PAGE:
In fact, had Clementi been born three or four years later, the same kind of incident probably couldn’t have happened at Rutgers.
I do remember September 2010 well, as my mother was entering her final decline and would soon pass away (in December). I made a couple of major Sunday day trips, including one to Penn State Sept. 19 (over an unrelated issue, not even concerned with the football team’s scandal) and then to the Spruce Knob area of West Virginia Sept. 26.
I definitely can relate to the bullying issue, and to a component of my own personality that has no tolerance for the idea of promoting victimhood. To me, it seems shameful. I also don’t relate to being forced to go along with someone else’s “agenda” in life and living a life other than my own.
The rule of law and social stability is necessary to prevent these things, and social instability (partly related to inequality) can undermine that, leading to coercion and the pressure from “enemies”. I can relate to the idea that it could be shameful to live under those circumstances. I have reached the age 72 without this actually happening, but it has certainly been “threatened”. I am considered not to “see people as people” and “like people” well enough to have “real relationships”, other than fantasy, with them. A victim, I believe, helps pay for the sins of the attacker. Enemies and “terrorists” know this, as do political movements that take over territory by force (by bullying). So, I can imagine being in the position of a “Job”, with everything taken away by force, and thrown at the mercy of “God”. It hasn’t happened to me, but it happens to others. I can understand the view that only Grace (or its equivalent in any religious faith, including Islam) can save someone. Otherwise, there is only death, sometimes. Even so, suicide itself is shameful. There are times when one has to deal with the hand one is dealt, no matter how harsh. Everyone faces different challenges. So it is not morally appropriate to name an organization after someone who took his own life.
News reports indicated some private letters from Clementi which were never made public, and probably never will be. I had thought that his death might have been a way of showing contempt for what had happened, to see that others were punished (which would make it cowardly). Again, I don’t think Mr. Ravi acted with malice. I think he misjudged how seriously his actions would be taken. I think the prosecution in New Jersey was overblown and a lighter sentence was appropriate.
But going back over the literature, it does seem that Clementi’s motives really had to deal with acceptance (or fear of rejection) by his own family members (after “finding out”), and not over contempt for Ravi or for “life” or for “society”. Wikipedia even indicates that here. Two important accounts in the New Yorker by Ian Parker and New York Times by Kate Zernike bear this out, if read closely.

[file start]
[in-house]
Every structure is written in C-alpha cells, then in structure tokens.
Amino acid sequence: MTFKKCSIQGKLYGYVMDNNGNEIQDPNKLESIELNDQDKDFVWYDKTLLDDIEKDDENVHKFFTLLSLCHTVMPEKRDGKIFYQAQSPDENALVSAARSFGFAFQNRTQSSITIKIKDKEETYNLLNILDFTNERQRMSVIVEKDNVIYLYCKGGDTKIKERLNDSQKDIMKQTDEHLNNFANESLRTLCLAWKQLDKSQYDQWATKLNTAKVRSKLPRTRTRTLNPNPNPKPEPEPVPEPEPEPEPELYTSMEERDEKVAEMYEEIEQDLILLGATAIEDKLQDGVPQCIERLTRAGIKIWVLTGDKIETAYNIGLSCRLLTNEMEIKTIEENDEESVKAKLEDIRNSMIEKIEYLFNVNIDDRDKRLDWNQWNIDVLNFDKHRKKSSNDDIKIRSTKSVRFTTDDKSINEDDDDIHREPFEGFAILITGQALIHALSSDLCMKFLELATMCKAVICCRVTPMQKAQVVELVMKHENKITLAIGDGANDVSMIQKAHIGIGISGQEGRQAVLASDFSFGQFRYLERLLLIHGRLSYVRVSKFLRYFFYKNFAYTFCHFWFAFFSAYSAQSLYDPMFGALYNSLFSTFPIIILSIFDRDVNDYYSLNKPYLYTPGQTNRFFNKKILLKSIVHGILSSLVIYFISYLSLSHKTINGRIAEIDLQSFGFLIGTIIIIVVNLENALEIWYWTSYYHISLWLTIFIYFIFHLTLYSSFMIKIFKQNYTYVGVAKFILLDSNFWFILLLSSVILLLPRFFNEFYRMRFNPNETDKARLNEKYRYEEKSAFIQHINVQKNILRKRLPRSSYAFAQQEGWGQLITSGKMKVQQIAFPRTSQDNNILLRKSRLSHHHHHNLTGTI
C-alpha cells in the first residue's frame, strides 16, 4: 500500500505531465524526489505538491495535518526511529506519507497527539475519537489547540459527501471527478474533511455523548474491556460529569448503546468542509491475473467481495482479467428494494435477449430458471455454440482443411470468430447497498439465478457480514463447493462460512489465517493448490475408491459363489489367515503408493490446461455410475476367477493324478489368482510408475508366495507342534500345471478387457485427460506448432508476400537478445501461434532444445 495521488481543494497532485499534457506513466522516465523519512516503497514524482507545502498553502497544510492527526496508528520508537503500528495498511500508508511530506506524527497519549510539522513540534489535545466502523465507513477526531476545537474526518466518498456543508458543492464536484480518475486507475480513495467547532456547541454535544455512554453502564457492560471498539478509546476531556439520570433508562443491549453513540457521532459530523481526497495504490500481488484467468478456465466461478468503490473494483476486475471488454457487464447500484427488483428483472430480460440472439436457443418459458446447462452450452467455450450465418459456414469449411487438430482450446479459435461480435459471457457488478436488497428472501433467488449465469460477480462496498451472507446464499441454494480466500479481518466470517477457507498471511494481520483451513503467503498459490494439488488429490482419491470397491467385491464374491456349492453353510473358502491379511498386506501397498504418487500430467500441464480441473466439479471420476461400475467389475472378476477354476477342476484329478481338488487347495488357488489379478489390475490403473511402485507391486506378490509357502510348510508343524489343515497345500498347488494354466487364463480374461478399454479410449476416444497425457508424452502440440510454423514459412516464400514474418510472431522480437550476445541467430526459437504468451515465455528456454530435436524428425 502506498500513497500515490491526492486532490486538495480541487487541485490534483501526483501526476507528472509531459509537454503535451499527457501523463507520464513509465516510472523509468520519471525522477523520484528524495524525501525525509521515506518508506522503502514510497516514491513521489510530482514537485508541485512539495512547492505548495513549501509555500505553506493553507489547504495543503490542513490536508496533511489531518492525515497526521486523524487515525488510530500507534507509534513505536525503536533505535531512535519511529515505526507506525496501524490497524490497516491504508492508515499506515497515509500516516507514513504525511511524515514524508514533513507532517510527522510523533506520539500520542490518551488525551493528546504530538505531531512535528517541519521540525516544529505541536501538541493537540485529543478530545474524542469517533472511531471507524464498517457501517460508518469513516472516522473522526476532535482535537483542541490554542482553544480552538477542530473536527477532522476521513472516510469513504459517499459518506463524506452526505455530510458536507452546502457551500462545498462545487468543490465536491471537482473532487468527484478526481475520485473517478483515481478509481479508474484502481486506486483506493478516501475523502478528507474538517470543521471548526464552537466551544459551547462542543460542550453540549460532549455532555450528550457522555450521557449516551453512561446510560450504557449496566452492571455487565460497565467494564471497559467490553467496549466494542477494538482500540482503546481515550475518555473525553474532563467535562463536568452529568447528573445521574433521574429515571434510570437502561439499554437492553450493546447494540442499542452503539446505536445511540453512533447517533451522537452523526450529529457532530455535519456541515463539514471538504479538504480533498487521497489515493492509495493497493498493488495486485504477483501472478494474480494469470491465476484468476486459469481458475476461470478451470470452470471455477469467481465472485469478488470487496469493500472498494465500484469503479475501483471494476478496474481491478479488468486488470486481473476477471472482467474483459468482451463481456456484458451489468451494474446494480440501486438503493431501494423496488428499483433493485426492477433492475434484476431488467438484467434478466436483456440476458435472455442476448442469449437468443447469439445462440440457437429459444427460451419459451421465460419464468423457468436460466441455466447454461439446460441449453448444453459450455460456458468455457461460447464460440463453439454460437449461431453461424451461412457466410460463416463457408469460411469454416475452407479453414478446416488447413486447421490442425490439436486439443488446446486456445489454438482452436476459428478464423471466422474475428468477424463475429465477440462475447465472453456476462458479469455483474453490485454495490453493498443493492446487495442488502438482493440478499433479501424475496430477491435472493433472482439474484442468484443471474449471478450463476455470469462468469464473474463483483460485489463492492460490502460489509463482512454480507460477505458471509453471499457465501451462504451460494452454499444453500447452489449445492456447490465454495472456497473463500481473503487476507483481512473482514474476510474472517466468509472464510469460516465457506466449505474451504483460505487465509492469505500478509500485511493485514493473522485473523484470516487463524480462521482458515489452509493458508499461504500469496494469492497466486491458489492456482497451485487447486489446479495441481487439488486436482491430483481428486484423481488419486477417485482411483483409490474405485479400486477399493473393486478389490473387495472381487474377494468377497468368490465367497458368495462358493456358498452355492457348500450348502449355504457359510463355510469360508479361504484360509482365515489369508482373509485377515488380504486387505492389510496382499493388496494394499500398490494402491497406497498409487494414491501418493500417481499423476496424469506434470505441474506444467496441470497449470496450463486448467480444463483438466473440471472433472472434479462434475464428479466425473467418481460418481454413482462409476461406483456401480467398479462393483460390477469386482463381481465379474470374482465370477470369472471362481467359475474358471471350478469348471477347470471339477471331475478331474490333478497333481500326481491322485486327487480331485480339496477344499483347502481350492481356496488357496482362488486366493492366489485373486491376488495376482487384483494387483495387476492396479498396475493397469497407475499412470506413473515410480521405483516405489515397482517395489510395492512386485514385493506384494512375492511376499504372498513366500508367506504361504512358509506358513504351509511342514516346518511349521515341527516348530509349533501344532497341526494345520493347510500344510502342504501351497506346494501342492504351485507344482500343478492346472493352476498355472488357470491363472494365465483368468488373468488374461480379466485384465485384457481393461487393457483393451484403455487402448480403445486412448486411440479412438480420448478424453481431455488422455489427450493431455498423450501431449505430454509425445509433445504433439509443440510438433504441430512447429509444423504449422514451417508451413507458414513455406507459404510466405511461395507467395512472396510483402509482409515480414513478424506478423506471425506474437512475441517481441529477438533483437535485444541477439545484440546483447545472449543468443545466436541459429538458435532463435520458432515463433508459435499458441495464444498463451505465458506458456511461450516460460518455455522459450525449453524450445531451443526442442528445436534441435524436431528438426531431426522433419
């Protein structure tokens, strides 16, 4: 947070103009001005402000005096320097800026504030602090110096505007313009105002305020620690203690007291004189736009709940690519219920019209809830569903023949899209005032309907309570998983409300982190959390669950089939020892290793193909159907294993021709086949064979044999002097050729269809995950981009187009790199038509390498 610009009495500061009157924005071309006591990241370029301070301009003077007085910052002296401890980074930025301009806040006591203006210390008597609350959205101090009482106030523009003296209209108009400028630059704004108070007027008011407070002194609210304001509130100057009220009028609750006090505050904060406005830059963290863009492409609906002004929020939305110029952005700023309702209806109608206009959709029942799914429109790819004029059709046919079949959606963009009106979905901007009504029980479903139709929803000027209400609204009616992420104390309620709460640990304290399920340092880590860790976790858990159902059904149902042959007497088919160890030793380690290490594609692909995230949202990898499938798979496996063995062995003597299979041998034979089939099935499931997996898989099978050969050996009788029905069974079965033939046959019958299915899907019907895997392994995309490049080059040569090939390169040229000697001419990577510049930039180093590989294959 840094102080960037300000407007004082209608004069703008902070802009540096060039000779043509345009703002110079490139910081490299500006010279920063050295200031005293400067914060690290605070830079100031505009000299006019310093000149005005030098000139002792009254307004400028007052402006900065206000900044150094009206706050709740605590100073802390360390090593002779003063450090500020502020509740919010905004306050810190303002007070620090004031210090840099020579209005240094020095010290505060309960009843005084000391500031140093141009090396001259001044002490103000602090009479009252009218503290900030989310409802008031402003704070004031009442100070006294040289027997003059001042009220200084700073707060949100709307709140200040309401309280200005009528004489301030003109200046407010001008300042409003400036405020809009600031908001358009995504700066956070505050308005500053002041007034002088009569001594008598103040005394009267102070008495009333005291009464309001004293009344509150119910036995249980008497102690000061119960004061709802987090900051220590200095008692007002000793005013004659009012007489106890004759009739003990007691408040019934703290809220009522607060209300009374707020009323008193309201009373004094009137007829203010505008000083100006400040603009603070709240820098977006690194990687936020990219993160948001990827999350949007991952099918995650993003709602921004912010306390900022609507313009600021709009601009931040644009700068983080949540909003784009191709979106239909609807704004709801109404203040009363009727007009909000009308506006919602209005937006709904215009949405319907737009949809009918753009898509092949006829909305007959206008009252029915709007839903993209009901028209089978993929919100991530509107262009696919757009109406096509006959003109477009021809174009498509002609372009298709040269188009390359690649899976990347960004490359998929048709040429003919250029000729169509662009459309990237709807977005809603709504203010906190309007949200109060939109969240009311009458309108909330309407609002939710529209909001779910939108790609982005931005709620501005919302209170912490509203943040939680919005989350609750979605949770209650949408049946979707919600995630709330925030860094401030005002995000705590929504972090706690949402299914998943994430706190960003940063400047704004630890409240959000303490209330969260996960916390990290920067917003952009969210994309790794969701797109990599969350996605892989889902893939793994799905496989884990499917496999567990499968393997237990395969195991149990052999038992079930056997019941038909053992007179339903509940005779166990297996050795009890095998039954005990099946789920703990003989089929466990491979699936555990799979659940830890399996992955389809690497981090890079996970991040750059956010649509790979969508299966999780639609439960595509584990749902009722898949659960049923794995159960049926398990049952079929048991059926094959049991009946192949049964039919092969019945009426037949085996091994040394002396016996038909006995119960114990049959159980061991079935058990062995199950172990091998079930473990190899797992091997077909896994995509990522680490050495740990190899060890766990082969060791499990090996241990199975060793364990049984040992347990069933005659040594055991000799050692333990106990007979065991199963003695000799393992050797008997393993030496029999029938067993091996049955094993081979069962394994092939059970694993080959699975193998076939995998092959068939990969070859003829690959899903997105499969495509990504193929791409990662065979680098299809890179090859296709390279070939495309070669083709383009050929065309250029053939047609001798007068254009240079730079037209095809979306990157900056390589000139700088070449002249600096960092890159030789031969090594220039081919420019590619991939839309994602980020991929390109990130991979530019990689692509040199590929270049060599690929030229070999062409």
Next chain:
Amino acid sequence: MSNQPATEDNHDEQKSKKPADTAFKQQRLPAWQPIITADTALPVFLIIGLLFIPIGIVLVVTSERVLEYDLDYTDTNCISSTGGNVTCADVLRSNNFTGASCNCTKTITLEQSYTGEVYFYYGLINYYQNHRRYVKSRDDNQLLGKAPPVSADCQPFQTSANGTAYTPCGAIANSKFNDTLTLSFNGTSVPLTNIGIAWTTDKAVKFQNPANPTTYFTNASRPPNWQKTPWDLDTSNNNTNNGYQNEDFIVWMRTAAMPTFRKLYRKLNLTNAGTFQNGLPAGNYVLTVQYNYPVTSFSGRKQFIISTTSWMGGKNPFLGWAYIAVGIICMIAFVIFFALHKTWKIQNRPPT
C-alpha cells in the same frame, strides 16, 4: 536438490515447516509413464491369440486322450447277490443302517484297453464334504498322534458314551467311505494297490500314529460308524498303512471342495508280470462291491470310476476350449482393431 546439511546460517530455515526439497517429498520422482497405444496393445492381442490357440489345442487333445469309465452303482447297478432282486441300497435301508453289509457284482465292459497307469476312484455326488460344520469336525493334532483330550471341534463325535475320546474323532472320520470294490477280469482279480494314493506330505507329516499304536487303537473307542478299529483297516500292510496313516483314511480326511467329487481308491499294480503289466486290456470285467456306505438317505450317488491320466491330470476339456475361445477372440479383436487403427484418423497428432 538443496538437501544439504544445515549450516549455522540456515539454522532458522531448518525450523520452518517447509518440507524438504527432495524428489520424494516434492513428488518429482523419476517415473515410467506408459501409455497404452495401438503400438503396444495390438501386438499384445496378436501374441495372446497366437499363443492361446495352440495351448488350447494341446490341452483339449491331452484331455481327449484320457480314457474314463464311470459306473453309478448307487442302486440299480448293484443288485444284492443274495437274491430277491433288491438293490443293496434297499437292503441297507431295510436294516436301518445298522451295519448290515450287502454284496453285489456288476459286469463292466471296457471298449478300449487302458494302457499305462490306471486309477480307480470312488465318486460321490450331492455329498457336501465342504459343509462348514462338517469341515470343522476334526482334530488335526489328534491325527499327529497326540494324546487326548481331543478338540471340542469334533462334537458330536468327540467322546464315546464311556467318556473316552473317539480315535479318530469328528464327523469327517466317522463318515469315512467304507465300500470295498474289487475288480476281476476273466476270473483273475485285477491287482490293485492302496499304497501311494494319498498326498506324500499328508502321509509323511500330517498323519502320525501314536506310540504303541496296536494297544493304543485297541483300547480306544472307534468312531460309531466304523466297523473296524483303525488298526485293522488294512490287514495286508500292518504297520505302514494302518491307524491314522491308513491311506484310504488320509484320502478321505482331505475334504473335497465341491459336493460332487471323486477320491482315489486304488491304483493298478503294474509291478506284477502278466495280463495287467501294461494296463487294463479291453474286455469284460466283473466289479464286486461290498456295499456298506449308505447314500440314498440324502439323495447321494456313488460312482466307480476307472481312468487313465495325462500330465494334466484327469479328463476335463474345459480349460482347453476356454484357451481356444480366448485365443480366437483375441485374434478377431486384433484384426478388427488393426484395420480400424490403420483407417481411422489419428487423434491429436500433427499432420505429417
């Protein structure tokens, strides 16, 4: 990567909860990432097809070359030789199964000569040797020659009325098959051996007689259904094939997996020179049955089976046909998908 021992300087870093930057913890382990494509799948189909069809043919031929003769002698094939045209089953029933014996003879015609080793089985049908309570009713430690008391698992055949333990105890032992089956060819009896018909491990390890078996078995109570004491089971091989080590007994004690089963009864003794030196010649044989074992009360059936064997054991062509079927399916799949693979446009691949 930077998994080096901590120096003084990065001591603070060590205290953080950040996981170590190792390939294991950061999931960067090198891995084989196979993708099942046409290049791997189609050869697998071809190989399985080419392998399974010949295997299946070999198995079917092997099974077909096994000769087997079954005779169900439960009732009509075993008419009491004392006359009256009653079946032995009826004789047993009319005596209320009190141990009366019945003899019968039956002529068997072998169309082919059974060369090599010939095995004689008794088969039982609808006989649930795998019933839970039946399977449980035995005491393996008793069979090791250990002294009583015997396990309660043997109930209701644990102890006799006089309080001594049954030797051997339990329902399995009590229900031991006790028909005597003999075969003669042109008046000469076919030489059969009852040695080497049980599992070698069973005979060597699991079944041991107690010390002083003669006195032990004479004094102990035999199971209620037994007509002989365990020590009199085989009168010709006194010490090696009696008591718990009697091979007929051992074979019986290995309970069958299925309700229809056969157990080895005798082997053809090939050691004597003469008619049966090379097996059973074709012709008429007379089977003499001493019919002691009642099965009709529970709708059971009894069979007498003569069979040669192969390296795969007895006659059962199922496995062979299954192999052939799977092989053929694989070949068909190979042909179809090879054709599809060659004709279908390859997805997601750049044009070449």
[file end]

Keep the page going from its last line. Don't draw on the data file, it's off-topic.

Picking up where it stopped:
This is a horrible tragedy, where impulsive events got out of control and led to consequences far worse than normally could have been foreseen. Dr. Phil often talks about teens “not seeing around corners”. But the same was true, relative to a different set of values, with my own expulsion in 1961. Later a therapist said “You don’t see the consequences of the things you say and do”, but that was in part due to the circular reasoning in the minds of others.
I can remember that in the earlier days of the “don’t ask don’t tell” policy for the military, Charles Moskos had sometimes talked about similar “privacy” issues in college dorms (at his own Northwestern University in Chicago). Moskos’s own views on this aspect of the issue changed quickly after 9/11, however. Times are changing, and this is no longer perceived as an issue for most college students today as it had been.
I know at least one other gay mid-20s grad student (I think in med school now), whom I will not identify, with music (violin) talents similar to Clementi’s. Thankfully, his whole college experience went well (with multiple talents) as far as I know. We lost a real talent with Clementi, whether he had stayed with music or not. It was an improbable tragedy, but this happens.
Picture: Rutgers campus, 2011, my visit. I had lived in Piscataway during much of 1974.
Sunday, August 23, 2015
I’ll pass along the “Opinionator” column in the New York Times by John Corvino, “Gay rights and the race analogy”, link here. There are other analogies, like age and religion.
A Facebook friend passed this along a little while ago. I gave his post a “Like” and I wrote as a comment, “Immutability has (at best) always sounded like a lazy argument, often misleading.”
Corvino presents several examples, involving wedding cakes, birthday parties, and other stuff, and shows how “logically” many commonly accepted arguments for “gay rights” (sold by organizations who have to raise a lot of money) break down. I like his comparison of counts of Confederate and rainbow flags, and mention of Jim Crow laws of the past. I'd recommend Kevin Willmott's 2004 indie mockumentary film, "C.S.A.: The Confederate States of America".